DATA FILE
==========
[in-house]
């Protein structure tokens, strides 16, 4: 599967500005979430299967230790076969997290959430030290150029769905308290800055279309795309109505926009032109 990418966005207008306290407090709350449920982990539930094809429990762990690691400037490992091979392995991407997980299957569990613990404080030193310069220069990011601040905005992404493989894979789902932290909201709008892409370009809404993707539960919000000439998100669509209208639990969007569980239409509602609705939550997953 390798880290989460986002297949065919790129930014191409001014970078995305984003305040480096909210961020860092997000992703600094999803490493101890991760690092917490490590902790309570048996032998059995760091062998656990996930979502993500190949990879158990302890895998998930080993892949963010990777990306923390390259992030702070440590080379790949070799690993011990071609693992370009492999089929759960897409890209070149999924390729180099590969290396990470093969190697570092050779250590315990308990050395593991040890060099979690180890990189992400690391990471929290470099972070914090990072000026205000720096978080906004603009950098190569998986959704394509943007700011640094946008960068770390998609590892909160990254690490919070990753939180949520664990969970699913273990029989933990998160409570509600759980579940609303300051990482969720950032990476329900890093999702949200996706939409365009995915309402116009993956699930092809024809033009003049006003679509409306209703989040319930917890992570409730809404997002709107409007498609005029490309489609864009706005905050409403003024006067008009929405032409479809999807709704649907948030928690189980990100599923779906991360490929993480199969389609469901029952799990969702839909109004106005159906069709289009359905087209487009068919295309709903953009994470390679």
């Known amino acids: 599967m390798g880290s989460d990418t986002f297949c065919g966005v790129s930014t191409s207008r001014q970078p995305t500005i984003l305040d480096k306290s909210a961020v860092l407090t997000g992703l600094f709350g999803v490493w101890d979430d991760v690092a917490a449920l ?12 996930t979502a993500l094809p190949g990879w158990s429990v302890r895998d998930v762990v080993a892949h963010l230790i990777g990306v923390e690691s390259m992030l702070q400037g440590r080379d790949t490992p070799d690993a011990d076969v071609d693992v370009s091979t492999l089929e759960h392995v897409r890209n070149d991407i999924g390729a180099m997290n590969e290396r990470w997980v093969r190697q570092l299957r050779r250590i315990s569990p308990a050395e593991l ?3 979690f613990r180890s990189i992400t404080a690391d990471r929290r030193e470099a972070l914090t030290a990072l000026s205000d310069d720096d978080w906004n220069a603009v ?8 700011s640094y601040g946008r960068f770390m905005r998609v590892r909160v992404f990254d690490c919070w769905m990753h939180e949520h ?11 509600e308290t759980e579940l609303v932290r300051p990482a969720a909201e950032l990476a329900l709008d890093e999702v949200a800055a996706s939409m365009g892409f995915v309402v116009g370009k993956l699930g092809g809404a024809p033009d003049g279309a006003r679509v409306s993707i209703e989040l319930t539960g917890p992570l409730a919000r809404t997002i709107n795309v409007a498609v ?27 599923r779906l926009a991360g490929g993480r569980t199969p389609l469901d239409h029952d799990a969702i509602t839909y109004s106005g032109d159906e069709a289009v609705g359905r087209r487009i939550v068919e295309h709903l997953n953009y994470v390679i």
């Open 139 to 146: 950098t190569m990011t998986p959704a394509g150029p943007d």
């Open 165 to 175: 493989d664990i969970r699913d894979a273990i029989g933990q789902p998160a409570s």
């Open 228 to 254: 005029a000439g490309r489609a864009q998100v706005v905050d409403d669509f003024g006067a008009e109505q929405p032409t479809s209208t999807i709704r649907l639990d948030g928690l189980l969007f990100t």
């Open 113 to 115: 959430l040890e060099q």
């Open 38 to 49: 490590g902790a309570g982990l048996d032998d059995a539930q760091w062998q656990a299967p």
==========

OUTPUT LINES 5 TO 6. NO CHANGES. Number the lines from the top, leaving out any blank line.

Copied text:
């Open 165 to 175: 493989d664990i969970r699913d894979a273990i029989g933990q789902p998160a409570s």
């Open 228 to 254: 005029a000439g490309r489609a864009q998100v706005v905050d409403d669509f003024g006067a008009e109505q929405p032409t479809s209208t999807i709704r649907l639990d948030g928690l189980l969007f990100t």